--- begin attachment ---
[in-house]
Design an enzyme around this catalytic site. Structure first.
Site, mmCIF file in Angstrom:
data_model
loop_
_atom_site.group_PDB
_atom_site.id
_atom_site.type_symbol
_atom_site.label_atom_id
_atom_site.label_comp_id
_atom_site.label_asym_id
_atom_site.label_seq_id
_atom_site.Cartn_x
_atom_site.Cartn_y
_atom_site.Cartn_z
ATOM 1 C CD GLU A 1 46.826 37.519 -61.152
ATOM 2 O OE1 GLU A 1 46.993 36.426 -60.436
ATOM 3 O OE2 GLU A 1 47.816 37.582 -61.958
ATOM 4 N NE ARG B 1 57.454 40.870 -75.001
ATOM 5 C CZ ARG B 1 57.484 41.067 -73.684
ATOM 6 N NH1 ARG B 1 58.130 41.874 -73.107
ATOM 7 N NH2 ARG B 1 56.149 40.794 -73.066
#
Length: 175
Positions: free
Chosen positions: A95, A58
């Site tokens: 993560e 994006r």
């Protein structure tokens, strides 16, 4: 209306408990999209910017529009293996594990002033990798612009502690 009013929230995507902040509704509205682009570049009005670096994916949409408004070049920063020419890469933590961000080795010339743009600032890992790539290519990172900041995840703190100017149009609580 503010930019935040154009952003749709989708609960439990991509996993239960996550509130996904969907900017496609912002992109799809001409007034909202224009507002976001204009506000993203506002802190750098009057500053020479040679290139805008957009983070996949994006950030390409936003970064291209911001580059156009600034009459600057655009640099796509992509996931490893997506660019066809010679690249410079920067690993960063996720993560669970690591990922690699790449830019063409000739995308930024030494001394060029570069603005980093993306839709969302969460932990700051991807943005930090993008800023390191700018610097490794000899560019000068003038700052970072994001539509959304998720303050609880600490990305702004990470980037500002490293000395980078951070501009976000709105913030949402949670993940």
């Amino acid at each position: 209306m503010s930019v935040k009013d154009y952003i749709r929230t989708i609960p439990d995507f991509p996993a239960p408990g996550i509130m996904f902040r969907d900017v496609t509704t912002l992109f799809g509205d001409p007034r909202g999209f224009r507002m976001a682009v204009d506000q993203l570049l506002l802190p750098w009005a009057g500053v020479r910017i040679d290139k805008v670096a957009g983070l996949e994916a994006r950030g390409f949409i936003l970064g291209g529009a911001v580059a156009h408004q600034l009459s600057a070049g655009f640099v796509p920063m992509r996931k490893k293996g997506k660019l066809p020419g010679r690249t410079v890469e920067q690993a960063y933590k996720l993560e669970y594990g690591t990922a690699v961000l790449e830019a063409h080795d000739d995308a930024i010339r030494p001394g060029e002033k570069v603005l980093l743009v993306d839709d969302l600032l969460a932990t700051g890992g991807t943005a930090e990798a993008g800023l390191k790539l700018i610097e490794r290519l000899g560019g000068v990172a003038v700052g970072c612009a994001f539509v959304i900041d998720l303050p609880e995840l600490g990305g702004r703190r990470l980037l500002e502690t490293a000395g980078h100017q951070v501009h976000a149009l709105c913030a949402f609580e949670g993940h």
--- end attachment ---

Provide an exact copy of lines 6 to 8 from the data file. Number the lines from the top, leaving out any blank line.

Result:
_atom_site.group_PDB
_atom_site.id
_atom_site.type_symbol